The ACLU and an Islamic civil-rights group are calling for investigation of the head of a private-school association who wrote a letter to a Muslim school applying for membership, asking why it would want to join a group that doesn’t fit its beliefs.
In a two-page letter, Edd Burleson, director of the Texas Association of Private and Parochial Schools, or TAPPS, asked the Houston school, Dar-Ul-Arqam, 10 questions, including its attitude toward “the spread of Islam in America” and the goals of the school “in this regard.”
The Council on American-Islamic Relations has demanded an apology and reprimands, calling the letter an “alarmingly intolerant and hostile attitude toward Islam and Muslims,” the Houston Chronicle reports.
“The TAPPS letter, a symbol of religious intolerance, has no place in a nation that was originally built by those seeking asylum from such intolerance,” said Iesa Galloway, executive director of CAIR’s Houston office, in correspondence to the TAPPS board.
Dar-Ul-Arqam, with more than 300 students at three locations, already belongs to a local interscholastic association with grade-school and middle-school programs, but TAPPS would offer scholastic competition for the school’s 19 high schoolers.
The school is under supervision of the Islamic Education Institute of Texas.
TAPPS membership includes 238 schools across the state, including many Catholic and Protestant institutions in the Houston area.
The ACLU of Texas is calling for an investigation, according to Alamdar Hamdani, a Houston member of the ACLU board.
Burleson’s letter quotes a verse from the Quran calling on Muslims to be violent toward non-Muslims. He notes most TAPPS-member schools are Christian, then asks, “Why do you wish to join an organization whose membership is basically in total disagreement with your religious beliefs?”
He suggested some TAPPS members may not be tolerant of Muslims: “Why do you think that the current member schools of TAPPS will not be biased against your school, based on the fundamental difference in your religion and Christianity, since about 90 percent of TAPPS schools embrace Christianity?”
CAIR’s Galloway said Burleson sent a similar letter to an Islamic school in the Dallas area.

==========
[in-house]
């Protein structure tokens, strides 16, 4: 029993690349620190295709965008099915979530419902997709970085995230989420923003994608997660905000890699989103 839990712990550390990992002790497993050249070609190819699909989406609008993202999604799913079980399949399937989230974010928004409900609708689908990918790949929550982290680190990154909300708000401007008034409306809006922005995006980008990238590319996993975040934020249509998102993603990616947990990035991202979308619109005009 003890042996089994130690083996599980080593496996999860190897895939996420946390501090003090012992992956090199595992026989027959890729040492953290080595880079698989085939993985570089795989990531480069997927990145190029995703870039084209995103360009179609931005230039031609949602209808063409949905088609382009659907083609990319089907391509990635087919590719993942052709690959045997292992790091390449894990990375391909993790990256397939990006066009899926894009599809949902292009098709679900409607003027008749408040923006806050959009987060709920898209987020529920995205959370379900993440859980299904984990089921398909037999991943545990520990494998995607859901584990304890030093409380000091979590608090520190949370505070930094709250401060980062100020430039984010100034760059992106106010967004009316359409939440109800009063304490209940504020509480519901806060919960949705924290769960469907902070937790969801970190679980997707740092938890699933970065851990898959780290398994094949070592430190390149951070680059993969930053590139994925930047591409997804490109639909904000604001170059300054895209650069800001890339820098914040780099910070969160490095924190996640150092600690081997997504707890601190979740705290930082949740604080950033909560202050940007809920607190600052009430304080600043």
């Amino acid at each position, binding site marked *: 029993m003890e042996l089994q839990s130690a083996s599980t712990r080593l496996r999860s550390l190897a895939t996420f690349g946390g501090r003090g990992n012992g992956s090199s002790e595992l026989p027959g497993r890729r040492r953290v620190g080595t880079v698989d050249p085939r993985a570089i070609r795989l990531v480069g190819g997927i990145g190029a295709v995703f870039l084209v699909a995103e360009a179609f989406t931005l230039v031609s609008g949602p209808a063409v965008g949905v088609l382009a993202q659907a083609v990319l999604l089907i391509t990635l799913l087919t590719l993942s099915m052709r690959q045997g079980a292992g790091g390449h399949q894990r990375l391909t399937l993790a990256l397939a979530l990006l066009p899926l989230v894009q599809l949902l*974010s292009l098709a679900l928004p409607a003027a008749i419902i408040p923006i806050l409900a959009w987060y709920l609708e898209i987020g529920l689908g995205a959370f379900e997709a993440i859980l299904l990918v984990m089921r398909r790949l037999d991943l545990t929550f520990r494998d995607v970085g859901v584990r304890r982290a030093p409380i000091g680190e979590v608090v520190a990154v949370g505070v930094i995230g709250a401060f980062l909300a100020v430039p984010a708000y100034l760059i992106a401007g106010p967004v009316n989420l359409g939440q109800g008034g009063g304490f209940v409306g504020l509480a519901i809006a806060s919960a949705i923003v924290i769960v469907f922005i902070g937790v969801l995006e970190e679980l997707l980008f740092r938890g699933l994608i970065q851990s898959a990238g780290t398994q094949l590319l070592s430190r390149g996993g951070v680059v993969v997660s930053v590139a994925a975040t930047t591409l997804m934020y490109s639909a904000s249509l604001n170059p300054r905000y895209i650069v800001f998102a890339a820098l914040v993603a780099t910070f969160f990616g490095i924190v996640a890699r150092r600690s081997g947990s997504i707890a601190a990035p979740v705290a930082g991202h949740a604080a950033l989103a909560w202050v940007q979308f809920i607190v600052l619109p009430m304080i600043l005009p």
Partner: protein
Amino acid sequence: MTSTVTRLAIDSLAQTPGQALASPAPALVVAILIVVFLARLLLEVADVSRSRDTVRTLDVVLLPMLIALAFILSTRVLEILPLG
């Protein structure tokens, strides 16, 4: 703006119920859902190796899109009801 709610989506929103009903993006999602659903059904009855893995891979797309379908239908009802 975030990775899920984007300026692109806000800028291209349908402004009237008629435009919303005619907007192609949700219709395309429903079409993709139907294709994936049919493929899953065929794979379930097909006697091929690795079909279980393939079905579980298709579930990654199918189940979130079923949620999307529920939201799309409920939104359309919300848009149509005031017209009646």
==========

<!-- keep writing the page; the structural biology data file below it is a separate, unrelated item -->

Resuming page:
Khaled Katbi, a representative of the Houston Muslim school, said he went before the TAPPS board Nov. 4 to seek membership.
Katbi was asked if the school taught from the Quran, and he said it did.
“Their questions were reasonable,” he told the Chronicle. “I did not sense hostility.”
One week later, however, Katbi received the letter from Burleson, which said the school needed to answer certain questions before it could be admitted.
Katbi said he was “astonished.”
Burleson asked: “Do you teach your students to ‘Make war on them (Christians and Jews) until idolatry is no more and Allah’s religion reigns supreme’ (Koran 8:37)?”
Katbi said he did not reply to the questions.
The Chronicle said the TAPPS bylaws do not indicate the assocation is restricted to Christian schools.
The ACLU’s Hamdani said TAPPS would not be able to conduct itself that way if it accepted federal funding. The nonprofit association’s website, however indicates its revenue comes from member dues and sporting-event fees..
“It’s the venom in that letter that’s so disturbing,” Hamdani told the Houston paper. While the letter is structured as a series of questions, he said, “they’re really more assumptions than questions.”
Martin B. Cominsky, regional director of the Anti-Defamation League, said the letter “assumes some offensive stereotypes about what Islam is all about.”
Ibrahim Hooper, CAIR’s national spokesman in Washington, D.C., said, to his knowledge, other Islamic schools have not encountered difficulties with private-school associations.
The letter reflects “the rise in anti-Muslim sentiment” since the Sept. 11, 2001 terrorist attacks, he claimed.
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